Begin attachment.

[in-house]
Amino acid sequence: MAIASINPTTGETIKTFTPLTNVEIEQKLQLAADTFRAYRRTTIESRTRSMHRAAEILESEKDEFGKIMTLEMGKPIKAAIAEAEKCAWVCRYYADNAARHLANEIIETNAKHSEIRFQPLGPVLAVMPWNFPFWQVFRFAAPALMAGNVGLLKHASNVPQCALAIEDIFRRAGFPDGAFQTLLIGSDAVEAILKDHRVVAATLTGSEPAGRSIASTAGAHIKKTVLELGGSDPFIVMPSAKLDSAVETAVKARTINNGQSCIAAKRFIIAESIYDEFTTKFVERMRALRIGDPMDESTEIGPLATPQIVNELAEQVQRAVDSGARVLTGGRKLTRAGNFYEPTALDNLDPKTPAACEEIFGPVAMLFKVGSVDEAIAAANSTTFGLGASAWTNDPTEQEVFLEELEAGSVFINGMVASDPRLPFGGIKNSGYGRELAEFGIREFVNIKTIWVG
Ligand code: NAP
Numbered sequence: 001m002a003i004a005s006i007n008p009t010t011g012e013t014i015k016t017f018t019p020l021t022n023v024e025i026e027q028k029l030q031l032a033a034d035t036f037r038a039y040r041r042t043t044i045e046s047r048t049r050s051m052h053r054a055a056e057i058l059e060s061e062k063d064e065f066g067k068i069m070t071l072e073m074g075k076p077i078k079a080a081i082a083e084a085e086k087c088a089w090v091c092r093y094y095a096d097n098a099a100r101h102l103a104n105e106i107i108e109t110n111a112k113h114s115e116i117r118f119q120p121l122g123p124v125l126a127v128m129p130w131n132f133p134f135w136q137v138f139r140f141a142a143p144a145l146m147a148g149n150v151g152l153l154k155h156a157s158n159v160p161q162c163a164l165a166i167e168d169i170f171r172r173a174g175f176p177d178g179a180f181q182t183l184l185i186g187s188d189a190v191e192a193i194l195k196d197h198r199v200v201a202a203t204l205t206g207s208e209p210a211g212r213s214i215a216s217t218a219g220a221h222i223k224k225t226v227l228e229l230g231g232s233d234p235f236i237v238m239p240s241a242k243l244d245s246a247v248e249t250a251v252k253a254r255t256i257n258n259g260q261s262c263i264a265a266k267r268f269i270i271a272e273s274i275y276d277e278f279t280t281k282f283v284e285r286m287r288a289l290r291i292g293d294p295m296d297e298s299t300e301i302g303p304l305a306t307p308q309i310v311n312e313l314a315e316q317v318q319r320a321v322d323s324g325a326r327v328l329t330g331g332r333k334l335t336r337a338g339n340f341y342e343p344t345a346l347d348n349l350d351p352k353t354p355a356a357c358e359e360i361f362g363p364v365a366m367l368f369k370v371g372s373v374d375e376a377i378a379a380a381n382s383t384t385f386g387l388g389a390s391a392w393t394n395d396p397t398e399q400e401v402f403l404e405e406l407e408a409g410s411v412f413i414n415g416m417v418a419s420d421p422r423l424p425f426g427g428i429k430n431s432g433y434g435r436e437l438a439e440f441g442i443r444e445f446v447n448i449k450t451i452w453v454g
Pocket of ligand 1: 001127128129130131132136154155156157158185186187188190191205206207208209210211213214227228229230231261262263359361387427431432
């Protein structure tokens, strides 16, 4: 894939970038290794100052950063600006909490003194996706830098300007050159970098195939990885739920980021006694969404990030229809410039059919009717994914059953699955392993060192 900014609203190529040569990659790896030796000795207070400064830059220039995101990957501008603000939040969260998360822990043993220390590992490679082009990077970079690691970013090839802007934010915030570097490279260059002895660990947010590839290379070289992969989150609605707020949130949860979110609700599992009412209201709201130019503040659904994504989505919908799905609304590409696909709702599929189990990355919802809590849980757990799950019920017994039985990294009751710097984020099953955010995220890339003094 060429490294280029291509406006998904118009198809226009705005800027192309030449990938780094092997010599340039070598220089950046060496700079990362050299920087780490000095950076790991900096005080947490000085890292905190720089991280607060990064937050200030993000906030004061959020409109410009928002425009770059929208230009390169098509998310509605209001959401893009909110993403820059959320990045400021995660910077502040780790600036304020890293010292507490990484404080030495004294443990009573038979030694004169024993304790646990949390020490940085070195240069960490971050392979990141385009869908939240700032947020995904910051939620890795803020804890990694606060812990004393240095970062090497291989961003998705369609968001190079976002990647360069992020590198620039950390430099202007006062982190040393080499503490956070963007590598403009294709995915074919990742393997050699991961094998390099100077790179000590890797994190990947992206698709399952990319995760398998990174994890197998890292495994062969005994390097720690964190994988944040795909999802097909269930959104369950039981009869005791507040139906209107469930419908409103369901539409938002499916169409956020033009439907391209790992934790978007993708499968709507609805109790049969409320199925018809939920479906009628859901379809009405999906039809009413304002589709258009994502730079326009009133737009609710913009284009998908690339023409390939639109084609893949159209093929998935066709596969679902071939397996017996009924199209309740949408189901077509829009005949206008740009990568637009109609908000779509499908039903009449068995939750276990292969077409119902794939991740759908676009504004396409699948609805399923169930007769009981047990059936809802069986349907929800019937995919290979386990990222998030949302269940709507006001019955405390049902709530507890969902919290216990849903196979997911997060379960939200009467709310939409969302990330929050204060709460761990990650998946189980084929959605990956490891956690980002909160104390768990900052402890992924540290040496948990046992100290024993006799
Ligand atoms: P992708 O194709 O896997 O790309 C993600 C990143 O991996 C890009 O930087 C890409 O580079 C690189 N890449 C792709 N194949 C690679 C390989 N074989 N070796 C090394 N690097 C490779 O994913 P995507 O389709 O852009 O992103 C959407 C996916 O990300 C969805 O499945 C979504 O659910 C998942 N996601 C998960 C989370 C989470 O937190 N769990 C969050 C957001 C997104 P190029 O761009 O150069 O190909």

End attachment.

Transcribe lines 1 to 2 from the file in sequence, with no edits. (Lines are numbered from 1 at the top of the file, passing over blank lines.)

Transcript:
[in-house]
Amino acid sequence: MAIASINPTTGETIKTFTPLTNVEIEQKLQLAADTFRAYRRTTIESRTRSMHRAAEILESEKDEFGKIMTLEMGKPIKAAIAEAEKCAWVCRYYADNAARHLANEIIETNAKHSEIRFQPLGPVLAVMPWNFPFWQVFRFAAPALMAGNVGLLKHASNVPQCALAIEDIFRRAGFPDGAFQTLLIGSDAVEAILKDHRVVAATLTGSEPAGRSIASTAGAHIKKTVLELGGSDPFIVMPSAKLDSAVETAVKARTINNGQSCIAAKRFIIAESIYDEFTTKFVERMRALRIGDPMDESTEIGPLATPQIVNELAEQVQRAVDSGARVLTGGRKLTRAGNFYEPTALDNLDPKTPAACEEIFGPVAMLFKVGSVDEAIAAANSTTFGLGASAWTNDPTEQEVFLEELEAGSVFINGMVASDPRLPFGGIKNSGYGRELAEFGIREFVNIKTIWVG